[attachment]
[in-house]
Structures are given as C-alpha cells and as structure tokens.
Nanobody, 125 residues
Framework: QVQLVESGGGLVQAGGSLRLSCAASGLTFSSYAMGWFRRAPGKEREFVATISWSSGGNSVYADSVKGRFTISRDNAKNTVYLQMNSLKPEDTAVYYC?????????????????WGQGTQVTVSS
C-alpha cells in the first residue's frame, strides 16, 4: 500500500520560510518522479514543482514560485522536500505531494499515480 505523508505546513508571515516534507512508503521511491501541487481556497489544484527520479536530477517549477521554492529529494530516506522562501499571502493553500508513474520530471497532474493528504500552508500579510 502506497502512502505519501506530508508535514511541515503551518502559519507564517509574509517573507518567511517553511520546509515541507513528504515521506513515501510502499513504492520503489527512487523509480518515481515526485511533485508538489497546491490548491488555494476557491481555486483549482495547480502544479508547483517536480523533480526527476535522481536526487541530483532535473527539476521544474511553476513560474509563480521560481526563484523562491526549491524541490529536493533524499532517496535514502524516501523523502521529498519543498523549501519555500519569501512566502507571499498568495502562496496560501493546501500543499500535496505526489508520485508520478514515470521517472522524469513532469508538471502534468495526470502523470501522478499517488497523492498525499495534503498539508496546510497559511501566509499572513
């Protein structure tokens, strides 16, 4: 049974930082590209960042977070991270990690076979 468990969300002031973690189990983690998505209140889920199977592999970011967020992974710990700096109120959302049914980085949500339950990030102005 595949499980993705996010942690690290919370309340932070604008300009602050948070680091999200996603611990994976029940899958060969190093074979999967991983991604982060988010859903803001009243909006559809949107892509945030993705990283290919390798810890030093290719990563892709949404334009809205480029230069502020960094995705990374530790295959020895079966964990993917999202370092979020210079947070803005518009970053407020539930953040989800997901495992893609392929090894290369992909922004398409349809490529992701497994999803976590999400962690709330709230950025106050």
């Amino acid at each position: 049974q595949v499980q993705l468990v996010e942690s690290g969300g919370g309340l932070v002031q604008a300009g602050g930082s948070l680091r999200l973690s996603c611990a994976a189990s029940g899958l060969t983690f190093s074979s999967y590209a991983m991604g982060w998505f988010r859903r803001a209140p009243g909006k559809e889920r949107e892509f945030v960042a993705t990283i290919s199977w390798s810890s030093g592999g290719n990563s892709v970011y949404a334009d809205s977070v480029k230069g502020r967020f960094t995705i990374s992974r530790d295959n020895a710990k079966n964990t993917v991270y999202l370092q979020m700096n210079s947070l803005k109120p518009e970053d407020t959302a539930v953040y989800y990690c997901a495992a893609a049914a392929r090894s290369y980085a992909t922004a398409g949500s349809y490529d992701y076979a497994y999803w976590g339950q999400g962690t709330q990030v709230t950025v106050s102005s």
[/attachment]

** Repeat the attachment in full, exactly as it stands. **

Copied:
[in-house]
Structures are given as C-alpha cells and as structure tokens.
Nanobody, 125 residues
Framework: QVQLVESGGGLVQAGGSLRLSCAASGLTFSSYAMGWFRRAPGKEREFVATISWSSGGNSVYADSVKGRFTISRDNAKNTVYLQMNSLKPEDTAVYYC?????????????????WGQGTQVTVSS
C-alpha cells in the first residue's frame, strides 16, 4: 500500500520560510518522479514543482514560485522536500505531494499515480 505523508505546513508571515516534507512508503521511491501541487481556497489544484527520479536530477517549477521554492529529494530516506522562501499571502493553500508513474520530471497532474493528504500552508500579510 502506497502512502505519501506530508508535514511541515503551518502559519507564517509574509517573507518567511517553511520546509515541507513528504515521506513515501510502499513504492520503489527512487523509480518515481515526485511533485508538489497546491490548491488555494476557491481555486483549482495547480502544479508547483517536480523533480526527476535522481536526487541530483532535473527539476521544474511553476513560474509563480521560481526563484523562491526549491524541490529536493533524499532517496535514502524516501523523502521529498519543498523549501519555500519569501512566502507571499498568495502562496496560501493546501500543499500535496505526489508520485508520478514515470521517472522524469513532469508538471502534468495526470502523470501522478499517488497523492498525499495534503498539508496546510497559511501566509499572513
């Protein structure tokens, strides 16, 4: 049974930082590209960042977070991270990690076979 468990969300002031973690189990983690998505209140889920199977592999970011967020992974710990700096109120959302049914980085949500339950990030102005 595949499980993705996010942690690290919370309340932070604008300009602050948070680091999200996603611990994976029940899958060969190093074979999967991983991604982060988010859903803001009243909006559809949107892509945030993705990283290919390798810890030093290719990563892709949404334009809205480029230069502020960094995705990374530790295959020895079966964990993917999202370092979020210079947070803005518009970053407020539930953040989800997901495992893609392929090894290369992909922004398409349809490529992701497994999803976590999400962690709330709230950025106050």
């Amino acid at each position: 049974q595949v499980q993705l468990v996010e942690s690290g969300g919370g309340l932070v002031q604008a300009g602050g930082s948070l680091r999200l973690s996603c611990a994976a189990s029940g899958l060969t983690f190093s074979s999967y590209a991983m991604g982060w998505f988010r859903r803001a209140p009243g909006k559809e889920r949107e892509f945030v960042a993705t990283i290919s199977w390798s810890s030093g592999g290719n990563s892709v970011y949404a334009d809205s977070v480029k230069g502020r967020f960094t995705i990374s992974r530790d295959n020895a710990k079966n964990t993917v991270y999202l370092q979020m700096n210079s947070l803005k109120p518009e970053d407020t959302a539930v953040y989800y990690c997901a495992a893609a049914a392929r090894s290369y980085a992909t922004a398409g949500s349809y490529d992701y076979a497994y999803w976590g339950q999400g962690t709330q990030v709230t950025v106050s102005s």